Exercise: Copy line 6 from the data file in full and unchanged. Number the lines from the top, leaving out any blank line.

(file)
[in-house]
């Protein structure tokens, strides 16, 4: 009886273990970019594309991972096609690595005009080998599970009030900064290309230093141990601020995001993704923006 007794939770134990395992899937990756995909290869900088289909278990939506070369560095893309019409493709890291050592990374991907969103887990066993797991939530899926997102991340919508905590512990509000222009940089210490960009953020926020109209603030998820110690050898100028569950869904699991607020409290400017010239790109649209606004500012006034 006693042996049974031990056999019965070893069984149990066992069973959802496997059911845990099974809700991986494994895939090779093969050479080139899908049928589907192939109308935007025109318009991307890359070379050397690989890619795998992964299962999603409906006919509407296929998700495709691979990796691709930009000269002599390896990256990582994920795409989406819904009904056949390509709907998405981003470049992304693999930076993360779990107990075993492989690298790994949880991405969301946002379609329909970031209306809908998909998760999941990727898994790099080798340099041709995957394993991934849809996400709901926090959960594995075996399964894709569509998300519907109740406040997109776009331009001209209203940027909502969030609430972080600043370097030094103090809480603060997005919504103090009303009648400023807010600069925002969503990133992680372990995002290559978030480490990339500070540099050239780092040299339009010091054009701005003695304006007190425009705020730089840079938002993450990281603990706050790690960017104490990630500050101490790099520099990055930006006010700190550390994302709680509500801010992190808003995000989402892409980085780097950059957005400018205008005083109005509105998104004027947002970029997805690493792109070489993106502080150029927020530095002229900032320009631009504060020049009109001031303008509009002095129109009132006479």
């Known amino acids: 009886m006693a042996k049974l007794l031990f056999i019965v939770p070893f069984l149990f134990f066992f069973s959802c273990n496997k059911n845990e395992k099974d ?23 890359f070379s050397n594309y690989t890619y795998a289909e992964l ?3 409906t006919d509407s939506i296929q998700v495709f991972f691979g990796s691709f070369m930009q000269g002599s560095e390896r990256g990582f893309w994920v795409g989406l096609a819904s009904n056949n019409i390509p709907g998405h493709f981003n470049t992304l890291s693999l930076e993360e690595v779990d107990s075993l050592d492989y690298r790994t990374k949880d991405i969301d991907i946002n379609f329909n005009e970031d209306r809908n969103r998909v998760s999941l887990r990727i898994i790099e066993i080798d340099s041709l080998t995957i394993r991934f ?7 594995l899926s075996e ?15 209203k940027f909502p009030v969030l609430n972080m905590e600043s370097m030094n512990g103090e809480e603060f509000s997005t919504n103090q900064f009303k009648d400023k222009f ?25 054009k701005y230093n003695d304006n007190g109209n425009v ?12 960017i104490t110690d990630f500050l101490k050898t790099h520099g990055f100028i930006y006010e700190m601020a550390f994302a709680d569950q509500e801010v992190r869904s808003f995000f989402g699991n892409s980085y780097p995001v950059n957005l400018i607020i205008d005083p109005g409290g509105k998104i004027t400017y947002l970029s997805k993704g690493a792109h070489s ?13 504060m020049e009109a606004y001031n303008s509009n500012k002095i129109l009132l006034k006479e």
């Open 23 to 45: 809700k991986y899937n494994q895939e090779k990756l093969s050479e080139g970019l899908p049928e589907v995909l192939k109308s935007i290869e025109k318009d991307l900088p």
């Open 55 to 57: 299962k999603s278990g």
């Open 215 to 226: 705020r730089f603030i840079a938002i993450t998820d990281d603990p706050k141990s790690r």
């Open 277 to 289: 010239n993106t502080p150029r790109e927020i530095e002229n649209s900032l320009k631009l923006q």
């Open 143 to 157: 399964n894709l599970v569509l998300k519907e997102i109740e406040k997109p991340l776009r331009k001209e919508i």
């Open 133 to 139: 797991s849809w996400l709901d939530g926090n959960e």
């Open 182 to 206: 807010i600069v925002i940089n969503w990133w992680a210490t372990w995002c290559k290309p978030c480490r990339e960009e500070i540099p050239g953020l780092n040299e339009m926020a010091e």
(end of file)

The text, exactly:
């Open 215 to 226: 705020r730089f603030i840079a938002i993450t998820d990281d603990p706050k141990s790690r």